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Pontiac Bay SHINGLE MILL - 1884

Map is approximate on combining 4 maps on July 2, 2013
 (Vern Bouwman)

Typical Shingle Mill Layout but NOT THAT OF PONTIAC's

McMaster Shingle Mill, circa 1909 (From the collection of Priscilla Droge)   http://www.uplakekenmore.org/?page_id=34

In 1884 before the coming of the SLS&E Railroad, Osborn M. Merritt from Pontiac, Michigan, bought land on the shore of Lake Washington at about NE 75th Street.  There were two streams, one at about 75th and the other at about NE 80th, which emptied into a little bay.  The Merritts set up a shingle mill which they named the Pontiac Shingle Company.  There was no electric power yet, so it is possible that the mill, which had a circular saw blade used to split logs into shingles, was water-powered.  Water could be channeled into a chute and dropped onto a mill wheel whose turning would then power the saw blade.  Whether Pontiac Shingle Company used water or steam power for their machinery, the location on the bay with its streams probably was a pleasant place to live. It was very isolated because there was no road to Seattle, so products had to travel via boat on Lake Washington.

By about the same time that the SLS&E Railroad was completed along the shoreline in 1888, carpenter Edward F. Lee had set up a shipyard at Pontiac Bay, and he built boats to be used on Lake Washington.  The next industry to arrive near the Bay was a brickmaking company whose articles of incorporation were filed  in January 1889 by Seattle businessmen Thomas Burke, Morgan Carkeek and Corliss P. Stone. The first listing of the Pontiac Brick & Tile Company in the Seattle City Directory was in 1890, and the location was given as “Lee’s Stop, SLS&E Railroad.”  In 1891 the brick company location was listed in the directory at the Pontiac stop on the line, and maps made in the 1890’s showed the rail stop and the name of the bay as Pontiac.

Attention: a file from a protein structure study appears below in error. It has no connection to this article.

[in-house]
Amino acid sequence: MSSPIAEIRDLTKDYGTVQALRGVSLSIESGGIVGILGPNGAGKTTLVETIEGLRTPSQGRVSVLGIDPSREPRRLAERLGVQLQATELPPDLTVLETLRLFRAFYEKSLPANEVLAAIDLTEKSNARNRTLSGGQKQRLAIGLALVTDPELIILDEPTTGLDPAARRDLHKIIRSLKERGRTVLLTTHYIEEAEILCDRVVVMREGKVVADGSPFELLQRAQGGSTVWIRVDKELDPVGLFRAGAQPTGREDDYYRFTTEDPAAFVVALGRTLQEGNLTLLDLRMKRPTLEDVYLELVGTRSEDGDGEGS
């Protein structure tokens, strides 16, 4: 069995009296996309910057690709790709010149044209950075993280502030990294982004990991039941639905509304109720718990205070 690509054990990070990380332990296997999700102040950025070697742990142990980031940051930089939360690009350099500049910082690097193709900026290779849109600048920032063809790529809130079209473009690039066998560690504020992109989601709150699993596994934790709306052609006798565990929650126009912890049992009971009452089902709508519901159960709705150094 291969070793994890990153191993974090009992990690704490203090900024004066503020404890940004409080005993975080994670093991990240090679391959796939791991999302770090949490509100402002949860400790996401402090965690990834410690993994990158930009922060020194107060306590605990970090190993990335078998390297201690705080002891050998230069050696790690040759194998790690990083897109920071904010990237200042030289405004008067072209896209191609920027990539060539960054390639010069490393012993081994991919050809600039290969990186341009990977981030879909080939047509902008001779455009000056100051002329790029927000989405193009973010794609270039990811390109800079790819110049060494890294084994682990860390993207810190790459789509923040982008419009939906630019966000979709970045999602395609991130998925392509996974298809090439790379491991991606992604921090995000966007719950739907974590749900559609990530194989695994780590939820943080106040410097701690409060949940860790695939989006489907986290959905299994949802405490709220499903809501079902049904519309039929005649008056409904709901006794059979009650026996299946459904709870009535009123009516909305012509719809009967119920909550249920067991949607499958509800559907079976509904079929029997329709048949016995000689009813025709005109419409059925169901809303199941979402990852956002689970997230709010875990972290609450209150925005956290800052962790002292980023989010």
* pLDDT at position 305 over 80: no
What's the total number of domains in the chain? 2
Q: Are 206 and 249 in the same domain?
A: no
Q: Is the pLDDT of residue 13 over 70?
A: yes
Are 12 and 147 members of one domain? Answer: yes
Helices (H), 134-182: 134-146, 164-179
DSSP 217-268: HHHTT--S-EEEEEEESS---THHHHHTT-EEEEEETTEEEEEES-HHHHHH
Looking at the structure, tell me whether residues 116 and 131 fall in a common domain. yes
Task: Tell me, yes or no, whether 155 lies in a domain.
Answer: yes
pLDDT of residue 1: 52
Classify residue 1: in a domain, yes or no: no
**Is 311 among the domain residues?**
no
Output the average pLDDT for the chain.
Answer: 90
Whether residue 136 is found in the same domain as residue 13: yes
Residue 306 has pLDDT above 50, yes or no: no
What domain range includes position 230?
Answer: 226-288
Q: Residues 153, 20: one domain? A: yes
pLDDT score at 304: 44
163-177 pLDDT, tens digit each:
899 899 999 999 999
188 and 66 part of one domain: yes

http://wedgwoodinseattlehistory.com/2013/03/09/names-in-the-neighborhood-from-pontiac-to-wedgwood/


Edward Lee, born in Norway in 1840, arrived at Seattle in 1883. Edward managed to get a job as a ship carpenter employed by Alexander Allen who operated Allen’s Ship Ways located next to the barrel factory in "North Seattle." At the time, North Seattle referred to the area that later became known as Belltown, separated from the main district of Seattle by Denny Hill.

By no later than the summer of 1886, Edward Lee struck out on his own and purchased land along the west shore of Lake Washington for a shipyard to build and repair ships plying the lake. This was called Lee’s place until in 1889 the Pontiac Brick and Tile Company established a brickyard nearby. The following year the Pontiac Post Office opened. In 1892, the U.S. Post Office Department appointed Edward Lee postmaster of Pontiac, a position he held for 17 years. Upon his retirement, the post office closed.
   http://www.historylink.org/index.cfm?DisplayPage=output.cfm&file_id=2306



Judge Thomas Burke took advantage of the railroad boom which he had helped to create, by establishing his own businesses along the line.  With co-investors Morgan Carkeek and Corliss P. Stone, the men acquired property in Pontiac, on what is now Sand Point Way at about NE 70th Street.  The Pontiac Brick and Tile Company incorporated on January 2, 1889 and the timing couldn’t have been better: just five months later Seattle’s Great Fire of June 6, 1889, created a huge demand for brick to rebuild the city’s downtown core.  It is interesting to note that the site of the Pontiac Brick and Tile Company, which closed in 1914, was later designated to become Carkeek Park, but the property was taken in 1920-1926 for the Sand Point Naval Air Station.  King County then compensated by transferring Carkeek Park to Piper’s Creek on Puget Sound in the Blue Ridge neighborhood.  http://wedgwoodinseattlehistory.com/2013/01/01/wedgwoods-trailmakers-the-burke-gilman-trail/


See: NAS Planning Aerial Study Map  and  2013 Study Map